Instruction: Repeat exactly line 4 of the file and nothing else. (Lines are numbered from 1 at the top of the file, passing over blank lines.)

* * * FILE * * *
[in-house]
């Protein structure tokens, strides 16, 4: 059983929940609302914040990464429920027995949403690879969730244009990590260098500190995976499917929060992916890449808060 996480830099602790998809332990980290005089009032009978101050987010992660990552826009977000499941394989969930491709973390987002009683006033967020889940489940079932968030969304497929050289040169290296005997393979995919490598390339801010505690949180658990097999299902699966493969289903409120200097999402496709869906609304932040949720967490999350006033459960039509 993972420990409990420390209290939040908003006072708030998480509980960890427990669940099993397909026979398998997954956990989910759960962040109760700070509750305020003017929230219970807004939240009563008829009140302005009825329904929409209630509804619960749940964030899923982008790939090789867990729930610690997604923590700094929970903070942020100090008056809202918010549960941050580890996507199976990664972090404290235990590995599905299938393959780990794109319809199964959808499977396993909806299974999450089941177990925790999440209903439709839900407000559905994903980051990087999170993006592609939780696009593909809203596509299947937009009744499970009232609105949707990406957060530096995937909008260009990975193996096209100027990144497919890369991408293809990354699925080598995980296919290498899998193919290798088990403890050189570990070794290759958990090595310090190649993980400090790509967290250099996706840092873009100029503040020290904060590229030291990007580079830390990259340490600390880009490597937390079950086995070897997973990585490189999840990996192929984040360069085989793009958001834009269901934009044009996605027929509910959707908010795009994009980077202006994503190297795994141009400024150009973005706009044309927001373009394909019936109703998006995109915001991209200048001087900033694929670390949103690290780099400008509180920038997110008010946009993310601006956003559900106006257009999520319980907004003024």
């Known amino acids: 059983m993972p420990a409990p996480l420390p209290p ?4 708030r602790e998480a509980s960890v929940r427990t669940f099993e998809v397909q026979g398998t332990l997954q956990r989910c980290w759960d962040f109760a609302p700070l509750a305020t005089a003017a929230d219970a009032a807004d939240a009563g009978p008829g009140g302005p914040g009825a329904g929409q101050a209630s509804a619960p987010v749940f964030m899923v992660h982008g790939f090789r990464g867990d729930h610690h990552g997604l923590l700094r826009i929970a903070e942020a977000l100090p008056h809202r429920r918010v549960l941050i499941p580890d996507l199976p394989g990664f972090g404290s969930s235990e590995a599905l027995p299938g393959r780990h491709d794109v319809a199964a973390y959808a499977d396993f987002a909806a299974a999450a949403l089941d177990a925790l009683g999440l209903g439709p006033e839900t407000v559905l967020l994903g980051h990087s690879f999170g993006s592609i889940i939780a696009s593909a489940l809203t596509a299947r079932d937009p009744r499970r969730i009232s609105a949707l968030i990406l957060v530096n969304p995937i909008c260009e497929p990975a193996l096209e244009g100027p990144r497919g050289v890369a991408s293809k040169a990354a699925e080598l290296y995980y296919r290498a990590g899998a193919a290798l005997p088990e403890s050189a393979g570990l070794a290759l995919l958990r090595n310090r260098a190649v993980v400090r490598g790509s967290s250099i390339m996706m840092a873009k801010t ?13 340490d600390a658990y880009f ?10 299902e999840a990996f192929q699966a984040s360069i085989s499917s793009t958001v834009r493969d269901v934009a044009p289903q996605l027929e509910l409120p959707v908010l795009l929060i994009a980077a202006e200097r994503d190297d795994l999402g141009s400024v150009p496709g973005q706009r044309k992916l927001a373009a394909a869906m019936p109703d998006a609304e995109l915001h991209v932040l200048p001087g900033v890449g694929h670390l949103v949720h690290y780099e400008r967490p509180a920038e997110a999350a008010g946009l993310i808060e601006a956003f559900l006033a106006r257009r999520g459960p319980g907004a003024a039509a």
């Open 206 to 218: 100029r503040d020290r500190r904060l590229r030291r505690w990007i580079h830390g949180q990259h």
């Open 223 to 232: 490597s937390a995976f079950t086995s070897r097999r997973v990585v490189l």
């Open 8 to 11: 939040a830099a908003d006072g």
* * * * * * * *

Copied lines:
């Open 206 to 218: 100029r503040d020290r500190r904060l590229r030291r505690w990007i580079h830390g949180q990259h």